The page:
As a leader in education, you know what is needed to keep your students safe. In the last several years, schools have spent millions and millions of dollars on safety improvements like cameras, reinforced doors, emergency notification systems, and access control. You know what you need to do, but do you know how to do it? Who do you rely on for safety and security advice? Security technology vendors? Local police departments?
If you are looking at new construction or remodeling in your district, utilizing the services of an independent security consultant can save significant money in both the short and long run. A security consultant who specializes in school safety can make recommendations based on the unique learning environment and industry best practices.
Furthermore, a review of school safety policy & procedure can lead to evidence and research-based recommendations that offer greater protection for students, staff, and visitors – often for less money than reactive measures like bullet-resistant glass.
Security vendors are experts in the products sold by their company, but they also have a vested interest in selling schools as much as they can. According to RAND Institute policy researcher Heather Schwartz, districts need an independent third party to “wade through the marketing from the different [security] companies.” Unfortunately, some companies are also taking advantage of the genuine and understandable fear and emotions surrounding school safety. After all, can we put a price on the safety of our children?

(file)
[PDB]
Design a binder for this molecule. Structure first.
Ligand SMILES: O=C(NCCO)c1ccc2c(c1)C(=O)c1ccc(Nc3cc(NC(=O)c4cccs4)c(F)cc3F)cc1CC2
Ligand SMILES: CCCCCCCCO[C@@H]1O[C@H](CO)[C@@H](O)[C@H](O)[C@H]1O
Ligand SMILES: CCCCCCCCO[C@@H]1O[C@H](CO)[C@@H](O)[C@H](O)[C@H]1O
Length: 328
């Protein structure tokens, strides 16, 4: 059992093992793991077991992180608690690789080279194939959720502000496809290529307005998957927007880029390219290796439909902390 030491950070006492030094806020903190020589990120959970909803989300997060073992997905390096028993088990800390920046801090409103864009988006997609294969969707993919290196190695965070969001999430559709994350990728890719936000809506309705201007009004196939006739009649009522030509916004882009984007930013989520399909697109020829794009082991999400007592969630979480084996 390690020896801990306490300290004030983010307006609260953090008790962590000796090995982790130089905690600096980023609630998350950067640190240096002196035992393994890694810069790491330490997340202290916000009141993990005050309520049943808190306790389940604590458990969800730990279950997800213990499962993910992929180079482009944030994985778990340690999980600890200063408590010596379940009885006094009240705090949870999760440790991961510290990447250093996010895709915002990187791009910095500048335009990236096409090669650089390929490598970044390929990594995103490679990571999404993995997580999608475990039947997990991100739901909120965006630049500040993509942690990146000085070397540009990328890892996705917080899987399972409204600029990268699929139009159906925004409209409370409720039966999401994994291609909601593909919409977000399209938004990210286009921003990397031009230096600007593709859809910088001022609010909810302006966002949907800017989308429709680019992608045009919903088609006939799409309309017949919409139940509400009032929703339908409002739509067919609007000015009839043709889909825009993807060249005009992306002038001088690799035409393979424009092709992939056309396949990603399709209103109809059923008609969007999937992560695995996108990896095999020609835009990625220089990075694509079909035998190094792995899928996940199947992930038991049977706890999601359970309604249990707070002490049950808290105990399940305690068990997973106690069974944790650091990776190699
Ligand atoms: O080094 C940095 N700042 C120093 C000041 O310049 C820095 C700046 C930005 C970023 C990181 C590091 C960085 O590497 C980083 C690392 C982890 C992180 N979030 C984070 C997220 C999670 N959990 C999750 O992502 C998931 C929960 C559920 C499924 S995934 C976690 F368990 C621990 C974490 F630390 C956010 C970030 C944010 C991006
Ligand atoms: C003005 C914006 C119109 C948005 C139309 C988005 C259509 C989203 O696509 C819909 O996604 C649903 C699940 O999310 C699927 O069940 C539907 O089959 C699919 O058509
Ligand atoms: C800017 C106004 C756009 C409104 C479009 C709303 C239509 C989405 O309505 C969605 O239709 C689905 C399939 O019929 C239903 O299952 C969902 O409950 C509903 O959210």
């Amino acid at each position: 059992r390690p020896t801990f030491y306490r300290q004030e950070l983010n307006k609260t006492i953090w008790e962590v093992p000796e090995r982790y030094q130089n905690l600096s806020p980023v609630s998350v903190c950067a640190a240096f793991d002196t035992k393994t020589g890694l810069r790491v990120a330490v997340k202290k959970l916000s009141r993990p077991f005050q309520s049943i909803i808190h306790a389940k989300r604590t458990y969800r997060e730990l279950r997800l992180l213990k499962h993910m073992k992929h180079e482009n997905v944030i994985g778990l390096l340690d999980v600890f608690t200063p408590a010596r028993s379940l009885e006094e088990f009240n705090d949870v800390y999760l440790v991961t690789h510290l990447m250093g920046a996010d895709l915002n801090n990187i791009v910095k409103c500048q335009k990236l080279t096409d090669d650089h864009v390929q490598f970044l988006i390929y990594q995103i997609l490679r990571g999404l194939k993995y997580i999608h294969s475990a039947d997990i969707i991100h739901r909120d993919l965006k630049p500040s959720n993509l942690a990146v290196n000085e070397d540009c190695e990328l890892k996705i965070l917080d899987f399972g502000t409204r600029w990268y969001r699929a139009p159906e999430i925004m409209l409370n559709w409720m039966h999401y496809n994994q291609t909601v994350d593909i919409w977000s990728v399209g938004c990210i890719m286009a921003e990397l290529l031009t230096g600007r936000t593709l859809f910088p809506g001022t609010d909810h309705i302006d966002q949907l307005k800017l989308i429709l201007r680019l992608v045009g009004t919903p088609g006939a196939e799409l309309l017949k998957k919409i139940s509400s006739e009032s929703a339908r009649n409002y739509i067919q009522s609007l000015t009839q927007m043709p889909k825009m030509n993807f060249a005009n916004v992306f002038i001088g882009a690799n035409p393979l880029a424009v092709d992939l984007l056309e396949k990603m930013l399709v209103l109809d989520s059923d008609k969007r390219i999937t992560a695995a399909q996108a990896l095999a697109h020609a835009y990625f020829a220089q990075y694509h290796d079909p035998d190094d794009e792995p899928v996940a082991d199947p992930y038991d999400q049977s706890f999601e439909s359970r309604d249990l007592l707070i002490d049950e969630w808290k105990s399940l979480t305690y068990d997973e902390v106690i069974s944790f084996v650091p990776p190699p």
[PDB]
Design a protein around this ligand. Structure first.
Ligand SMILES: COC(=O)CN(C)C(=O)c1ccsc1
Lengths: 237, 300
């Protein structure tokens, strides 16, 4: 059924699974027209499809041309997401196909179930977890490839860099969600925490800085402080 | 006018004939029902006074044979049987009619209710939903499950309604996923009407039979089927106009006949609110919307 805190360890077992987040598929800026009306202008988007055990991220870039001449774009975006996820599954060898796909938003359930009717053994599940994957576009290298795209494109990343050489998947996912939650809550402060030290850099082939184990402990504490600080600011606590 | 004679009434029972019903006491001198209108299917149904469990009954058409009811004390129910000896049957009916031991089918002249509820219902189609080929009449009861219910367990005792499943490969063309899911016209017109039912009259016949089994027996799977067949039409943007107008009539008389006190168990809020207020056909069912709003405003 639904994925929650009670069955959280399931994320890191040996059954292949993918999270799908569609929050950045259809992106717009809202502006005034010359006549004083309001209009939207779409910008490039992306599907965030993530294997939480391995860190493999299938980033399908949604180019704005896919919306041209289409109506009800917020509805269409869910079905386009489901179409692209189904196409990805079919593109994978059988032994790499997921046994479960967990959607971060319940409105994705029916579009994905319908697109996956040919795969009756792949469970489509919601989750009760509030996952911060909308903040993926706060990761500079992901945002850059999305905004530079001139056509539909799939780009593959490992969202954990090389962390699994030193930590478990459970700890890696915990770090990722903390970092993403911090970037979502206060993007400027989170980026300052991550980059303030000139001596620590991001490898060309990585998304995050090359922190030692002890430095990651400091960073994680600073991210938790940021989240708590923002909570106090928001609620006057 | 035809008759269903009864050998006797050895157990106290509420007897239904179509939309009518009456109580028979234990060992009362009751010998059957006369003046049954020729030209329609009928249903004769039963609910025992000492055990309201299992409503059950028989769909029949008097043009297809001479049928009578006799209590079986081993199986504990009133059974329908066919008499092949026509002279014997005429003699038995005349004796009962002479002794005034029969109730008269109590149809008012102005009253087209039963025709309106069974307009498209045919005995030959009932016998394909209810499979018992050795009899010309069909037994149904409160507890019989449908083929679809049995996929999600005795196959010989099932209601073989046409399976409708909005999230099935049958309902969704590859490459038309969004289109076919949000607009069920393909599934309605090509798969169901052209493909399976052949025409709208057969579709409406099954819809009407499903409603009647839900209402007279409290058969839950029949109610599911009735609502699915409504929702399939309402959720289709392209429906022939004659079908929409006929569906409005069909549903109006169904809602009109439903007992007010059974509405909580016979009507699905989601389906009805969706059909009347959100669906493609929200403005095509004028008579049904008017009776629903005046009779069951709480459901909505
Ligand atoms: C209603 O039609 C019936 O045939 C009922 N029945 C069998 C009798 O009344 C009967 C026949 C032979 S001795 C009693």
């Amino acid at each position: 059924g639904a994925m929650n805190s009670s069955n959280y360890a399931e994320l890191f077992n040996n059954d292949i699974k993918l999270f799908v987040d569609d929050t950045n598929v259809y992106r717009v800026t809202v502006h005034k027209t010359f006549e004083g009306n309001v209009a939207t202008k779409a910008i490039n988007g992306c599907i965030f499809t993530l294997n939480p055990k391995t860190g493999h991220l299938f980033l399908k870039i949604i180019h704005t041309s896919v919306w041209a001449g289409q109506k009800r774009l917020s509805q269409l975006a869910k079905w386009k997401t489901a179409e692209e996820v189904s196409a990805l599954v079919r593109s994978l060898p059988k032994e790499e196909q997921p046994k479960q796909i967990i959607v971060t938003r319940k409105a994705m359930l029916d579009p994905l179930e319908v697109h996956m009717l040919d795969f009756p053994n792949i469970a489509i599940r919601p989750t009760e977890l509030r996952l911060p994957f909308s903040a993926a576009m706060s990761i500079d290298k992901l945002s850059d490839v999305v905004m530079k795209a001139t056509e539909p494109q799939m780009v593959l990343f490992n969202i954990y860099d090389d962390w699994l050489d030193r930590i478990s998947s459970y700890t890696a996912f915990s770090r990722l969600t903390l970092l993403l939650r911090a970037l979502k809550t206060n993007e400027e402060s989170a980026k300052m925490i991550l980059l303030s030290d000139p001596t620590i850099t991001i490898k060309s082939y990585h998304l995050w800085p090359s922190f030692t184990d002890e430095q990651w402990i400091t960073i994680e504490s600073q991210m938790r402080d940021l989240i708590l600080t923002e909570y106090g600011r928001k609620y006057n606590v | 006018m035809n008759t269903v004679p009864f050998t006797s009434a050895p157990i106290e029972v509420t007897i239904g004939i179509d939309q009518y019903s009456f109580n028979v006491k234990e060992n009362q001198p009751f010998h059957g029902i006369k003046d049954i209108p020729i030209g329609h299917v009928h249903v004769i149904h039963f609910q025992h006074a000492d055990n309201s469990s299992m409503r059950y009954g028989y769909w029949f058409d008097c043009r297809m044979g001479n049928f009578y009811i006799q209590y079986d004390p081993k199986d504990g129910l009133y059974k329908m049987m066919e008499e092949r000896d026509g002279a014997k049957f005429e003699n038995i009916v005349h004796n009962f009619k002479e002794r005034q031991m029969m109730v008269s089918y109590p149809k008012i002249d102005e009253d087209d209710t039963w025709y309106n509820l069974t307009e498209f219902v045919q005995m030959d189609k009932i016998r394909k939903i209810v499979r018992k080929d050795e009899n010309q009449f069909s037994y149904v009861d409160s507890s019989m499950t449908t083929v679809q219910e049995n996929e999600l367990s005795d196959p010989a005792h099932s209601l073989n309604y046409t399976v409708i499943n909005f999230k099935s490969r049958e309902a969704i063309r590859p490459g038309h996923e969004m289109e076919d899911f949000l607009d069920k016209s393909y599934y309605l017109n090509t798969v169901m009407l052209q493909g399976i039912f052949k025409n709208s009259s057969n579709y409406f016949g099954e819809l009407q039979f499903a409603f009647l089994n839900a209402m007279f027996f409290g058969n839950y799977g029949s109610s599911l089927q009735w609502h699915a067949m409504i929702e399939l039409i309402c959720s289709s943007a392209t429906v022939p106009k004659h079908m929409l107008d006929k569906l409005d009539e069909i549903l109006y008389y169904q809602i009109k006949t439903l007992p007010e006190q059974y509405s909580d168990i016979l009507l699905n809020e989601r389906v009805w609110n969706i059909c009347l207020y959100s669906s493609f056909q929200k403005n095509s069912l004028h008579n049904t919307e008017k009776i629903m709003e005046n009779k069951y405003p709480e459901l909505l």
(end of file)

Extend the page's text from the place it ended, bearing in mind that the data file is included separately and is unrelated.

We can’t and shouldn’t put a price on safety, but we have a responsibility to ensure we are spending limited resources allocated for security in a way that best protects our students. Perhaps you don’t need as many cameras as a vendor recommends. Maybe your current access control system works just fine but could be reconfigured. An independent security consultant can review RFPs and bids, potentially saving your districts considerable money for reinvestment into other safety initiatives.
Understandably, schools often turn to their police department for safety advice. While police undoubtedly have the safety and wellbeing of students forefront in their minds, they usually lack the expertise necessary to make recommendations that fit in a school environment.
Schools should always include police and fire department personnel in any discussion related to safety and security, but also need to consider that, by nature, emergency first responders have an entire community to protect, and they often come to the table with that perspective. It is not safe to assume that someone who is an expert in response is also an expert in prevention.
Whether you are merely updating an aging security system or are about to design and build a new high school, investing a relatively small amount in an expert assessment of your safety and security needs can not only save you a significant amount of money but can also make your school safer.